## Online Session 8

### Opening Exercise

I have a database of stock price data that looks like this:

```    AMAT|20050506|15.56|15.66|15.33|15.63|20778700
```

The data is in MetaStock ASCII 7-columns format. The seven columns represent the following:

1. the stock's symbol
2. a date string
3. the opening price of the stock that day
4. the high price that day
5. the low price that day
6. the closing price that day
7. the number of shares traded that day, called "volume"
The date is a string in "yymmdd" format. The prices are real numbers. The volume is an integer.

Let's practice both relational algebra and SQL.

• Write the SQL statement to create a table to store this data.

• Write a query in relational algebra that finds the closing price of Microsoft (symbol "MSFT") on each date in the database.

### Opening Solution

Here is a CREATE TABLE statement to create the EndOfDayData table:

```    \$ sqlite3
sqlite> CREATE TABLE EndOfDayData(
...>    symbol VARCHAR(5),
...>    date CHAR(8),
...>    open REAL,
...>    high REAL,
...>    low REAL,
...>    close REAL,
...>    volume INTEGER,
...>    PRIMARY KEY (symbol, date)
...>    );
```

I used VARCHAR(5) for the symbol's type because I noticed that, while most of the symbols in the file are four characters, a few are five. SQL and SQLite have several different formats for dates, but a string is actually simpler to work with in many cases.

The relational algebra query to extra all of Microsoft's closing prices requires two steps: a selection of the tuples for MSFT and a projection of the date and price attributes:

```    πdate, close(σsymbol="MSFT"(EndOfDayData)))
```

In general, the π and σ operators are commutative, since one drops tuple and the other drops columns. In this case, though, we need one of the dropped columns (symbol) to select the desired tuples. So we have to compute σ first and π second.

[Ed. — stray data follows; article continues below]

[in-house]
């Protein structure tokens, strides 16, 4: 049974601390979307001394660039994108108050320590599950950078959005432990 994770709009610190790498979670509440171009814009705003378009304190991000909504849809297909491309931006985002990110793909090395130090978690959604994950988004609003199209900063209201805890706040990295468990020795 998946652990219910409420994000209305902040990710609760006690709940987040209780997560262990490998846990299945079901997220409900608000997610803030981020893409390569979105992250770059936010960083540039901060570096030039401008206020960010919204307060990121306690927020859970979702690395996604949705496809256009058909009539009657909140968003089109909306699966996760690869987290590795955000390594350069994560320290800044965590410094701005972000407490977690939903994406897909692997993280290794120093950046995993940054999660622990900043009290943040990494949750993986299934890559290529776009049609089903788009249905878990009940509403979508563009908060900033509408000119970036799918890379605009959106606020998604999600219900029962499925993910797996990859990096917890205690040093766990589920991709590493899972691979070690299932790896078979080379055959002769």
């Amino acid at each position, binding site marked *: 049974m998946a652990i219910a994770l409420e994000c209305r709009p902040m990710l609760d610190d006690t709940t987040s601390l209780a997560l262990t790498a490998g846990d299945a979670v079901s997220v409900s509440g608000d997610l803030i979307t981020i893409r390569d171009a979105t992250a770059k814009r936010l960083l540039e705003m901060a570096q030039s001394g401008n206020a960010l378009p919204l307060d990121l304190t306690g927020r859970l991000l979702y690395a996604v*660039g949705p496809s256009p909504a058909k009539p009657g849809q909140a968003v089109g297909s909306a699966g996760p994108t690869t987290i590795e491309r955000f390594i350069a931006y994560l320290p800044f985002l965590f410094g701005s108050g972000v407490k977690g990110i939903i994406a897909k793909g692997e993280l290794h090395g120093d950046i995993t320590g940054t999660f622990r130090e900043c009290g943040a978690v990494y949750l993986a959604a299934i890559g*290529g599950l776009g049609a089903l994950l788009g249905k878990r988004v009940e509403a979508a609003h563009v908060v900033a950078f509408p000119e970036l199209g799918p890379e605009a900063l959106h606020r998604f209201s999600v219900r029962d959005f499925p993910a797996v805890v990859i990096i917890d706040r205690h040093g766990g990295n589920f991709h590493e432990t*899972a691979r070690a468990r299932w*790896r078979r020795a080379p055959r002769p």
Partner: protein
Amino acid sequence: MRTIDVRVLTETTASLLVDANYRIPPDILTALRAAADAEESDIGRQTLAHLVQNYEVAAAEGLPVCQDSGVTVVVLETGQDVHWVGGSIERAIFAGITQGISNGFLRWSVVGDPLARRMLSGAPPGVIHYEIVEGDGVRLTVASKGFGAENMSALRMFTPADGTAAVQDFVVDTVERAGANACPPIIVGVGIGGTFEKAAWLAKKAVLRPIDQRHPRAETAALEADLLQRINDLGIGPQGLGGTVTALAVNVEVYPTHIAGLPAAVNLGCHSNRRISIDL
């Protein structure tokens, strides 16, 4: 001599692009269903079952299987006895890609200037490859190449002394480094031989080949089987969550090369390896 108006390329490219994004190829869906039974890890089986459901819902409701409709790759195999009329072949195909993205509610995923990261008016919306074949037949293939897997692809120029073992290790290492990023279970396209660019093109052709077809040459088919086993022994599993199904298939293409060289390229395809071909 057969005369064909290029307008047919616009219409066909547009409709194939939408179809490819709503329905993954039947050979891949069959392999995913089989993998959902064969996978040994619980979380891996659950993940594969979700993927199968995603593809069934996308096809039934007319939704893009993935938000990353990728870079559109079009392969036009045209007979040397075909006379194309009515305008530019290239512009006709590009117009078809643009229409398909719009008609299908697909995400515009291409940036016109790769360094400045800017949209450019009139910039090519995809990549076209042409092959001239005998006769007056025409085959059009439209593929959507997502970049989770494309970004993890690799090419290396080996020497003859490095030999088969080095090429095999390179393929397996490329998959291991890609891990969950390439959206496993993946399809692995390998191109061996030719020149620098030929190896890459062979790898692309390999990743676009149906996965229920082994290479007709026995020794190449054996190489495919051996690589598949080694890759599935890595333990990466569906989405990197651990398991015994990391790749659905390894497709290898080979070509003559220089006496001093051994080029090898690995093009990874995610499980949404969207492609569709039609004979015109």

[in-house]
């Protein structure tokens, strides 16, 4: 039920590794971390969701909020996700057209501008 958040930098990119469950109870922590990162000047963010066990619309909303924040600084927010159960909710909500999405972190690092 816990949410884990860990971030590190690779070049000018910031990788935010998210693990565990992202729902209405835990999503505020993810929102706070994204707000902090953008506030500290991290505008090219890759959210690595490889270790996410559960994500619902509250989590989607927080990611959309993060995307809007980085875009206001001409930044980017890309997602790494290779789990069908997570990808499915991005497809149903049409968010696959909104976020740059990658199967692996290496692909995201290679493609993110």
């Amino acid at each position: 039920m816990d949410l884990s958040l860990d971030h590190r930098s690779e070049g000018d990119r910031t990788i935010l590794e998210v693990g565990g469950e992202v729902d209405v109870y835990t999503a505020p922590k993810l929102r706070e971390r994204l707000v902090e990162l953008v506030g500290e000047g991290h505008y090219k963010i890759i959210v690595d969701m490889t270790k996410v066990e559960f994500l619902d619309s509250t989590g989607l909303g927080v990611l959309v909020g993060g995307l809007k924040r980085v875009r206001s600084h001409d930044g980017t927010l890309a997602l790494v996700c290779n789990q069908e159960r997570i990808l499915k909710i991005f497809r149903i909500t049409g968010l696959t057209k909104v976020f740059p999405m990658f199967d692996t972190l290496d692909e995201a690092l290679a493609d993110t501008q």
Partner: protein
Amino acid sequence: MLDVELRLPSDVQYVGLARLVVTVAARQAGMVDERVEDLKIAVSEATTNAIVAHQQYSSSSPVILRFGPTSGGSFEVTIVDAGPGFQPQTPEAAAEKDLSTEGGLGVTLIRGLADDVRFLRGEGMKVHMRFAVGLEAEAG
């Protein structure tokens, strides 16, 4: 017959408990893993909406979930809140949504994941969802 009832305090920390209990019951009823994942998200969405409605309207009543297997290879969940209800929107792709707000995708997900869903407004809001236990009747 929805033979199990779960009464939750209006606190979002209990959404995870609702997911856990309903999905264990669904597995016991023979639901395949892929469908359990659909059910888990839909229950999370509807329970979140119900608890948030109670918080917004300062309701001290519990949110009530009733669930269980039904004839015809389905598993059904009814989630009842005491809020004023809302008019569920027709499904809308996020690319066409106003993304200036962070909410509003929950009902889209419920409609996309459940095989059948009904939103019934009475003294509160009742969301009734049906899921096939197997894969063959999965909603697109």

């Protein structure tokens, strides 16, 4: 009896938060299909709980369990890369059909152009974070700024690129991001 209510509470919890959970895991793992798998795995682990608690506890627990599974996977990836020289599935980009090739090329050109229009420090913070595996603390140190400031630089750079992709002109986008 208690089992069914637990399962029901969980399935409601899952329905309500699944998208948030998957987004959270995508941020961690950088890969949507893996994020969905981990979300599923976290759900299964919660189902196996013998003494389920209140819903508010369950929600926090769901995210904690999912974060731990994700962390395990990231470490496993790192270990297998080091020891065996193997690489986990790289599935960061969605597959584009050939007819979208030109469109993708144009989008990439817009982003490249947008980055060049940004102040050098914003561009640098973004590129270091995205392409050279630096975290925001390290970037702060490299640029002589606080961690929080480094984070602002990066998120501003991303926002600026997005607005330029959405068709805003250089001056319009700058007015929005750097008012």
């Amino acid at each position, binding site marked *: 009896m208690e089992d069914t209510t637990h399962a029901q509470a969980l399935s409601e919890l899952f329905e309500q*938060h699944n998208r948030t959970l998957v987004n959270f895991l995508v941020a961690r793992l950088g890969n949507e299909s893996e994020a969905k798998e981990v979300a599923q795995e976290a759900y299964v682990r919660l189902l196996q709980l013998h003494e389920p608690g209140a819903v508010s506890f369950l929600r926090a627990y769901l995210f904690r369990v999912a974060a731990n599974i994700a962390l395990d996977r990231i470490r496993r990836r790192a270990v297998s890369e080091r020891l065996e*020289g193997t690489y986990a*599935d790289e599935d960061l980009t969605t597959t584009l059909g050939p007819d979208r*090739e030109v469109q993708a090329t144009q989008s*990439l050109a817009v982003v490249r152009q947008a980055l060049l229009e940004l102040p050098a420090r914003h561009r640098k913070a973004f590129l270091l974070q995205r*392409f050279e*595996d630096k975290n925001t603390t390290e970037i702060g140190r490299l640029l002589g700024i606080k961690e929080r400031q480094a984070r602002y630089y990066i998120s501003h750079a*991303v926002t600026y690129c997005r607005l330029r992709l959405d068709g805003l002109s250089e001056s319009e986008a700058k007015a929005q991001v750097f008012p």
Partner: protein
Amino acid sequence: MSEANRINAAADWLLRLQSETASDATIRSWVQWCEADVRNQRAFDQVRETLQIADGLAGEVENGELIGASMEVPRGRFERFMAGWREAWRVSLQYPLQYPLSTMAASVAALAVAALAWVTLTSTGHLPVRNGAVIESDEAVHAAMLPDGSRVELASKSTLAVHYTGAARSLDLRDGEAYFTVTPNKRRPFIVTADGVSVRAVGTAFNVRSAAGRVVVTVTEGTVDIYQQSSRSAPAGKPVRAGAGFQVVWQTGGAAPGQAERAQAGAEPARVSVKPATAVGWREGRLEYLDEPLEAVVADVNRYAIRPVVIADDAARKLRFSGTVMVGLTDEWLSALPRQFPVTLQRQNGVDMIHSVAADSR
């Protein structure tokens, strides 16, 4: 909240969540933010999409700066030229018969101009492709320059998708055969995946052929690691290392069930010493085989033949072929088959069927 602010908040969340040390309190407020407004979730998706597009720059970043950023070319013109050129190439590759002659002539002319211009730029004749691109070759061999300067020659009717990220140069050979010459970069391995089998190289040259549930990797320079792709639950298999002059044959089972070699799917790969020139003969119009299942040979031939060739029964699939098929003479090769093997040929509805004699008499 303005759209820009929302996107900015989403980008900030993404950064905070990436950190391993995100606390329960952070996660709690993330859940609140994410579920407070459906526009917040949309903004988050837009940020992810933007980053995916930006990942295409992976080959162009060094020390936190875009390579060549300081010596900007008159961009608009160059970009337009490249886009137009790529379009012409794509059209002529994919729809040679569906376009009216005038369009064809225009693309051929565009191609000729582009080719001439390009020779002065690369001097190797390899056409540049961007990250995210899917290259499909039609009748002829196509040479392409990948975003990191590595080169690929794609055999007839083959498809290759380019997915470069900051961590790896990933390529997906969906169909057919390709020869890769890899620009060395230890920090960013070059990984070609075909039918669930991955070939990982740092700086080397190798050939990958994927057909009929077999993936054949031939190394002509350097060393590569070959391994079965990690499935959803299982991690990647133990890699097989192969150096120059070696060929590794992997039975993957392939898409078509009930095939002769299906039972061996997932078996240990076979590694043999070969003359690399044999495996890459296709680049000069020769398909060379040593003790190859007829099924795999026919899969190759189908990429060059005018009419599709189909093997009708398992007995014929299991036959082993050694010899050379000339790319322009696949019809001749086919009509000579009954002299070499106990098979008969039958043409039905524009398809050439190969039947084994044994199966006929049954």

It would be cool if we had the data in our database, too, so that we could find the actual data for Microsoft. But my datafile contains 16,420 lines and over 680,000 bytes. You've seen me type... We need a better solution than entry by hand...

### Importing Data into SQLite Databases

Over the course of the rest of the session, you will create a database using a text datafile named "NASDAQ_200505.txt". Your submission for the exercise is the database you create. Download the datafile using this link now and save it to your computer. Start SQLite in the same directory. If you are doing your SQLite work on student.cs., copy the file to student.cs. and log in before proceeding.

The database I referred to in the exercise does not exist yet. What I have is a comma-separated values (CSV) file named NASDAQ_200505.txt containing end-of-day stock prices for the week of May 2-May 6, 2005. A company that sells stock data services on the web gives away a week's worth of old data as part of its sales pitch. I like free data to play with, so I grabbed a week's worth once!

The data in the file actually looks like this:

```    AMAT,20050506,15.56,15.66,15.33,15.63,20778700
```

CSV is a widely-used format out in the world, so it would be convenient if we could load tables from CSV files. Fortunately, SQLite supports reading and writing data in a number of formats, including CSV. If you'd like to read about them, check out the documentation for SQLite's command-line shell.

In SQLite, we import data from a file using the .import dot command. To import my NASDAQ data file, we follow these steps:

1. Create the table.

I saved my CREATE TABLE statement from the opening exercise in an SQL file named EndOfDayData-schema.sql so that I can read it in to a new SQLite session: